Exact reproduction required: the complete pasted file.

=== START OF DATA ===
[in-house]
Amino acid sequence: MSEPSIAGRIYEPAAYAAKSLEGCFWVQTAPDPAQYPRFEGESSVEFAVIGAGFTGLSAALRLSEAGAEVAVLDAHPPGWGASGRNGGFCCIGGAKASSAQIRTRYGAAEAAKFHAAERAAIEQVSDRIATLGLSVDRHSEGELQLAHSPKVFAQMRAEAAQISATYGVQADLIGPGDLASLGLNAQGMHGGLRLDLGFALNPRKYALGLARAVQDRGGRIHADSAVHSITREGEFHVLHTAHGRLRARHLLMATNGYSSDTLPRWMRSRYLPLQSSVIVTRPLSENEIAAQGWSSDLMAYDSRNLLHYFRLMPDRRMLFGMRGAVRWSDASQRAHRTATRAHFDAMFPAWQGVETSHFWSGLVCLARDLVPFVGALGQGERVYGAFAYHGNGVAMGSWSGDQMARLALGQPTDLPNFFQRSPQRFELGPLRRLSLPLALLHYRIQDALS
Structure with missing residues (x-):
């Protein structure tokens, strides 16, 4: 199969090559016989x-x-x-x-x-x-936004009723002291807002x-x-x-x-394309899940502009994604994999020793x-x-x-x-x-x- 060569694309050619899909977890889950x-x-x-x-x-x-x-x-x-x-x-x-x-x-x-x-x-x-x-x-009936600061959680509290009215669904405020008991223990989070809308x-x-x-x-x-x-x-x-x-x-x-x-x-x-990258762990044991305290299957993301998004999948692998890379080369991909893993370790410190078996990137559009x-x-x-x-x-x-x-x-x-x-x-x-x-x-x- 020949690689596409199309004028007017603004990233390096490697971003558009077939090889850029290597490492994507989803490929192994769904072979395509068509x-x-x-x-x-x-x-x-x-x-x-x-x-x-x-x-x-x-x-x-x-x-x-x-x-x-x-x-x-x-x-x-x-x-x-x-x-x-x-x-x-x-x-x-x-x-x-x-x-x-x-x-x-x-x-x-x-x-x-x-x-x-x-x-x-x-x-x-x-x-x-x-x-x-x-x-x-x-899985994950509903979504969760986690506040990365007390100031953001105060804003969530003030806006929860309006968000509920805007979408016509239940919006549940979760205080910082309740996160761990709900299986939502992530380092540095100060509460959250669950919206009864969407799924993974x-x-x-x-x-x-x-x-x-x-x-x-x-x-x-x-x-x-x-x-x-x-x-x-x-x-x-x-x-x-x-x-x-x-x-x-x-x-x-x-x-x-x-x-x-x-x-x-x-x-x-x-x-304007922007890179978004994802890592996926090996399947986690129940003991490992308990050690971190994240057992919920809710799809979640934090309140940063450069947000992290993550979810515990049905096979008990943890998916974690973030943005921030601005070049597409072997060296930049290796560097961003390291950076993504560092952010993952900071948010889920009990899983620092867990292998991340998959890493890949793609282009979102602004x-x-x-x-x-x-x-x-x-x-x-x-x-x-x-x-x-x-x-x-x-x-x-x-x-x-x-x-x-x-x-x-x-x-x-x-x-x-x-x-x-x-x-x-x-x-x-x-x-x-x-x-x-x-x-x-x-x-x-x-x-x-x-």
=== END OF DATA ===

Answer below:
[in-house]
Amino acid sequence: MSEPSIAGRIYEPAAYAAKSLEGCFWVQTAPDPAQYPRFEGESSVEFAVIGAGFTGLSAALRLSEAGAEVAVLDAHPPGWGASGRNGGFCCIGGAKASSAQIRTRYGAAEAAKFHAAERAAIEQVSDRIATLGLSVDRHSEGELQLAHSPKVFAQMRAEAAQISATYGVQADLIGPGDLASLGLNAQGMHGGLRLDLGFALNPRKYALGLARAVQDRGGRIHADSAVHSITREGEFHVLHTAHGRLRARHLLMATNGYSSDTLPRWMRSRYLPLQSSVIVTRPLSENEIAAQGWSSDLMAYDSRNLLHYFRLMPDRRMLFGMRGAVRWSDASQRAHRTATRAHFDAMFPAWQGVETSHFWSGLVCLARDLVPFVGALGQGERVYGAFAYHGNGVAMGSWSGDQMARLALGQPTDLPNFFQRSPQRFELGPLRRLSLPLALLHYRIQDALS
Structure with missing residues (x-):
């Protein structure tokens, strides 16, 4: 199969090559016989x-x-x-x-x-x-936004009723002291807002x-x-x-x-394309899940502009994604994999020793x-x-x-x-x-x- 060569694309050619899909977890889950x-x-x-x-x-x-x-x-x-x-x-x-x-x-x-x-x-x-x-x-009936600061959680509290009215669904405020008991223990989070809308x-x-x-x-x-x-x-x-x-x-x-x-x-x-990258762990044991305290299957993301998004999948692998890379080369991909893993370790410190078996990137559009x-x-x-x-x-x-x-x-x-x-x-x-x-x-x- 020949690689596409199309004028007017603004990233390096490697971003558009077939090889850029290597490492994507989803490929192994769904072979395509068509x-x-x-x-x-x-x-x-x-x-x-x-x-x-x-x-x-x-x-x-x-x-x-x-x-x-x-x-x-x-x-x-x-x-x-x-x-x-x-x-x-x-x-x-x-x-x-x-x-x-x-x-x-x-x-x-x-x-x-x-x-x-x-x-x-x-x-x-x-x-x-x-x-x-x-x-x-x-899985994950509903979504969760986690506040990365007390100031953001105060804003969530003030806006929860309006968000509920805007979408016509239940919006549940979760205080910082309740996160761990709900299986939502992530380092540095100060509460959250669950919206009864969407799924993974x-x-x-x-x-x-x-x-x-x-x-x-x-x-x-x-x-x-x-x-x-x-x-x-x-x-x-x-x-x-x-x-x-x-x-x-x-x-x-x-x-x-x-x-x-x-x-x-x-x-x-x-x-304007922007890179978004994802890592996926090996399947986690129940003991490992308990050690971190994240057992919920809710799809979640934090309140940063450069947000992290993550979810515990049905096979008990943890998916974690973030943005921030601005070049597409072997060296930049290796560097961003390291950076993504560092952010993952900071948010889920009990899983620092867990292998991340998959890493890949793609282009979102602004x-x-x-x-x-x-x-x-x-x-x-x-x-x-x-x-x-x-x-x-x-x-x-x-x-x-x-x-x-x-x-x-x-x-x-x-x-x-x-x-x-x-x-x-x-x-x-x-x-x-x-x-x-x-x-x-x-x-x-x-x-x-x-």